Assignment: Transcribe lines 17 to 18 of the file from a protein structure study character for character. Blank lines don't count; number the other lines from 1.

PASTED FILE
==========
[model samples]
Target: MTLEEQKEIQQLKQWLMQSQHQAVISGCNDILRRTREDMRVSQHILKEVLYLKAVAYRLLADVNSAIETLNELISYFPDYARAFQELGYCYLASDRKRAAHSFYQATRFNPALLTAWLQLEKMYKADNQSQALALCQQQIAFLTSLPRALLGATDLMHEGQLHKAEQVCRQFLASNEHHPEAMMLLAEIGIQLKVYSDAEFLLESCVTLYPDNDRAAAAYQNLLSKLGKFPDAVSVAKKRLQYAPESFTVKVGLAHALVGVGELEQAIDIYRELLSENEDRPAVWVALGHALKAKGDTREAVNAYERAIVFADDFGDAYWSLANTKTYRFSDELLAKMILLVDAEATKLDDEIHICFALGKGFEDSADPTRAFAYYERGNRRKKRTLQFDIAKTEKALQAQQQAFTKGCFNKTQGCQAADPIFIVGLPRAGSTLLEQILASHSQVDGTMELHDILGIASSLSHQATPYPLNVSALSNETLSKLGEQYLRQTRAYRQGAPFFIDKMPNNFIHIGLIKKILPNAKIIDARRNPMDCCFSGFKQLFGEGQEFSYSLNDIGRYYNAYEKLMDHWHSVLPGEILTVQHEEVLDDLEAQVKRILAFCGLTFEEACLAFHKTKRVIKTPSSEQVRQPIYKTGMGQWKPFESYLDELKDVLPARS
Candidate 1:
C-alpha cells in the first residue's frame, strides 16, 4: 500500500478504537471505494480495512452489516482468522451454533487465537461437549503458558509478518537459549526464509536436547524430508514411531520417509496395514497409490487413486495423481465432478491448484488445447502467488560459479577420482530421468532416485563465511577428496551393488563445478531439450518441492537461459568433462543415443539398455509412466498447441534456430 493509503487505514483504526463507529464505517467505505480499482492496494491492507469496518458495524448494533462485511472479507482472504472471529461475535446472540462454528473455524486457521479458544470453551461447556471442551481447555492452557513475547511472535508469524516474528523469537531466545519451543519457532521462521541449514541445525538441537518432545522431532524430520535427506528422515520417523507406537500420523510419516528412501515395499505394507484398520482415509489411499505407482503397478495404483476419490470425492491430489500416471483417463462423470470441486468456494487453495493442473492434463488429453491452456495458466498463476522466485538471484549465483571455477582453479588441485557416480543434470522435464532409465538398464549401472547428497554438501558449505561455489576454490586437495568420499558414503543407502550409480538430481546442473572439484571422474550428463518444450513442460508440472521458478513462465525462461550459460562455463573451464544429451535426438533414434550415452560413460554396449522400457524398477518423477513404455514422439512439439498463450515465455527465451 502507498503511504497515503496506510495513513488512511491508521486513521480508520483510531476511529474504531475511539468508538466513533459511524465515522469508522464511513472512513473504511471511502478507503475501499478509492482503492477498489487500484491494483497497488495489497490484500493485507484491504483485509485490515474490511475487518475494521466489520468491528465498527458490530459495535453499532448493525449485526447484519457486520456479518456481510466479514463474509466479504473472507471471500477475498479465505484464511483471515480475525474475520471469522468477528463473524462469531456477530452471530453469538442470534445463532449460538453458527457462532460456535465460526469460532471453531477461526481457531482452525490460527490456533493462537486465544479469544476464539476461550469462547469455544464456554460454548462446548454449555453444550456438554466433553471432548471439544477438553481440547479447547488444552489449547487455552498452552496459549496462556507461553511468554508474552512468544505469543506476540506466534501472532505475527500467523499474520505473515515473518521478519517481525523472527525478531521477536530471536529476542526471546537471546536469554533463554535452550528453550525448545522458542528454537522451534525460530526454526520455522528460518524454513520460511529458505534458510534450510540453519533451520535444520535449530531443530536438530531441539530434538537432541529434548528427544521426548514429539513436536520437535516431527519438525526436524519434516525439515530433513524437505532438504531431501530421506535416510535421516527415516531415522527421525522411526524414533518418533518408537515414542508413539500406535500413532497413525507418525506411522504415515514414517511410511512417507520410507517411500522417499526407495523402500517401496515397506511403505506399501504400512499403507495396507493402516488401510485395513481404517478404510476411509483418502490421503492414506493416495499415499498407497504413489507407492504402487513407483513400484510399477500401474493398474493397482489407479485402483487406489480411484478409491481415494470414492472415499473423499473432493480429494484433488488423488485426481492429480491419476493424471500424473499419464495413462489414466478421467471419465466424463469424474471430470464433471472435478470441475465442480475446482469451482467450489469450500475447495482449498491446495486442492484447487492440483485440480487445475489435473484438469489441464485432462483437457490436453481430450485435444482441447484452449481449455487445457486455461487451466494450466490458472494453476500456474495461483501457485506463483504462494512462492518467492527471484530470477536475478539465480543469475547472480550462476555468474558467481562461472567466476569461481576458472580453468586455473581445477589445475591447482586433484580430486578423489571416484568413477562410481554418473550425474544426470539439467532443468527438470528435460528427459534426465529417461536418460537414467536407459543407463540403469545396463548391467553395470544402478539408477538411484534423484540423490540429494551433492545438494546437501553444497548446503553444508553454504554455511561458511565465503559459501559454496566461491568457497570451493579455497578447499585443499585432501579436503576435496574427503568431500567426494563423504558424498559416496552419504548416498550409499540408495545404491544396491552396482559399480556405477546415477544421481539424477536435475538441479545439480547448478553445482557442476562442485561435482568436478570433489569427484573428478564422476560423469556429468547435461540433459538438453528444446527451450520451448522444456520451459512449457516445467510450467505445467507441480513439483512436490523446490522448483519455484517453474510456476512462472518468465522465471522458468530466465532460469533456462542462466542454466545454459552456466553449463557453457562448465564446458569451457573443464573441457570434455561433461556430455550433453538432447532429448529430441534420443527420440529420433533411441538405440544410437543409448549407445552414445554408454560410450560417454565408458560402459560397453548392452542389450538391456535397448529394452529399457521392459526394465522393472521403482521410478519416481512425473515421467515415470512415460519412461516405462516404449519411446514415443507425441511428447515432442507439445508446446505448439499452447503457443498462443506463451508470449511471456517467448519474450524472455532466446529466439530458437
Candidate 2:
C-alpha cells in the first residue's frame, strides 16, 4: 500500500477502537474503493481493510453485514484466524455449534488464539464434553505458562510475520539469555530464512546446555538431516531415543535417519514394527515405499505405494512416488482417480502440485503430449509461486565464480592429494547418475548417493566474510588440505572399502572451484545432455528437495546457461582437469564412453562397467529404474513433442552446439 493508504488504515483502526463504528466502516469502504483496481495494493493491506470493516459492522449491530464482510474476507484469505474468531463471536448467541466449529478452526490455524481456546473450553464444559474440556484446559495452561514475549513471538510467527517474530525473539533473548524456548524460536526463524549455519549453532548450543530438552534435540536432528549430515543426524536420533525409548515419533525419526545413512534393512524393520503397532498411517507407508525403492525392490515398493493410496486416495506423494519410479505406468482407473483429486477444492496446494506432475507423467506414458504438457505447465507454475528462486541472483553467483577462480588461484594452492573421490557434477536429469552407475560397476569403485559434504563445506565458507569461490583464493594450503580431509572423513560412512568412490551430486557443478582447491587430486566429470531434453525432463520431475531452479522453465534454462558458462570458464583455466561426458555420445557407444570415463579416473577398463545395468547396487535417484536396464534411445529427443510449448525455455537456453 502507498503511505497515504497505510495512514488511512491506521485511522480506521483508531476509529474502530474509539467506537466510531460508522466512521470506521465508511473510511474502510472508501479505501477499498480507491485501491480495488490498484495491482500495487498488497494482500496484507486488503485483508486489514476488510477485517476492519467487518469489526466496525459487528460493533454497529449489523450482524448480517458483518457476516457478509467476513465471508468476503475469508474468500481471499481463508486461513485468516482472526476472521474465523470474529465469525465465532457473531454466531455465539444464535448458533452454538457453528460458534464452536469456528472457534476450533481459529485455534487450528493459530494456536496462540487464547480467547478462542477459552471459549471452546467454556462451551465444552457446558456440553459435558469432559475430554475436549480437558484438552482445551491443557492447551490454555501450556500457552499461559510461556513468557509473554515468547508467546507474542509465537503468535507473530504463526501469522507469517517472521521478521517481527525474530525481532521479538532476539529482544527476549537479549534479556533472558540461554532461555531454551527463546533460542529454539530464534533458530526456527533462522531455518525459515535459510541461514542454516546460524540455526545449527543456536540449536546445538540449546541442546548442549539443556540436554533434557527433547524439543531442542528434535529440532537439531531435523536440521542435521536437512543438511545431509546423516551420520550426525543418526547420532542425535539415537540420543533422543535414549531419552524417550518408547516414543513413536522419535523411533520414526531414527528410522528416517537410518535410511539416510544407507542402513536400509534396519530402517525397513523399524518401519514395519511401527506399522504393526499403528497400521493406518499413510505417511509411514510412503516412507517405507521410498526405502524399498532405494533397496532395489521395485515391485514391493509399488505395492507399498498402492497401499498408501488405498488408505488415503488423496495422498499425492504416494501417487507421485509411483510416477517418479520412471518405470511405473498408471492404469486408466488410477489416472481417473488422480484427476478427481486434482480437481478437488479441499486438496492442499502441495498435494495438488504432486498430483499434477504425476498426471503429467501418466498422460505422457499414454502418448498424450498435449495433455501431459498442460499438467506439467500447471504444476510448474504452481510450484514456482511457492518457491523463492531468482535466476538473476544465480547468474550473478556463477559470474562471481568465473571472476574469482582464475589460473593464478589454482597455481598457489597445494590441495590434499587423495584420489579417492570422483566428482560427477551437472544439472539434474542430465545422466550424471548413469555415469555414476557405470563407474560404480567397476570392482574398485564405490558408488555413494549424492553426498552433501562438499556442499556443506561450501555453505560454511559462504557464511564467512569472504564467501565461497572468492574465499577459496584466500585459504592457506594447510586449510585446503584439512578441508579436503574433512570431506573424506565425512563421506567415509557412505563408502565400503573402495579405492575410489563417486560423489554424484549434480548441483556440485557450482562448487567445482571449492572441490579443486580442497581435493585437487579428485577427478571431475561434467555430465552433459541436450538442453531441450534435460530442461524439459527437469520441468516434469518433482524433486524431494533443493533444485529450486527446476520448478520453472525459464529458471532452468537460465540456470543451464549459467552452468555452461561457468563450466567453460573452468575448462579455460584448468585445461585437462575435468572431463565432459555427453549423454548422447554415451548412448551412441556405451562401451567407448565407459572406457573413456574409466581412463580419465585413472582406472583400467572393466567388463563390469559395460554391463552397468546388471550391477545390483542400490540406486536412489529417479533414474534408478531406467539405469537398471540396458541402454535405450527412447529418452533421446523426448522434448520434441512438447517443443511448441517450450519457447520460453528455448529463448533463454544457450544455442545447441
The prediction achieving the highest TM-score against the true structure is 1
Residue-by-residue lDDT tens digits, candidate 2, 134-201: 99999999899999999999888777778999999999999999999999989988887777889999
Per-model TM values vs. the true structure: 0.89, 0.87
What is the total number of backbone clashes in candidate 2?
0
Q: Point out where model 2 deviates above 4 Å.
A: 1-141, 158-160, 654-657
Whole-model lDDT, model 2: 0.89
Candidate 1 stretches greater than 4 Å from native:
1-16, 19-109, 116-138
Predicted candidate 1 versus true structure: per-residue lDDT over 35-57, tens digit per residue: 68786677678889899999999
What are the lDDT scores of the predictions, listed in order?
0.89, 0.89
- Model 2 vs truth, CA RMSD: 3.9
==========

Predicted candidate 1 versus true structure: per-residue lDDT over 35-57, tens digit per residue: 68786677678889899999999
What are the lDDT scores of the predictions, listed in order?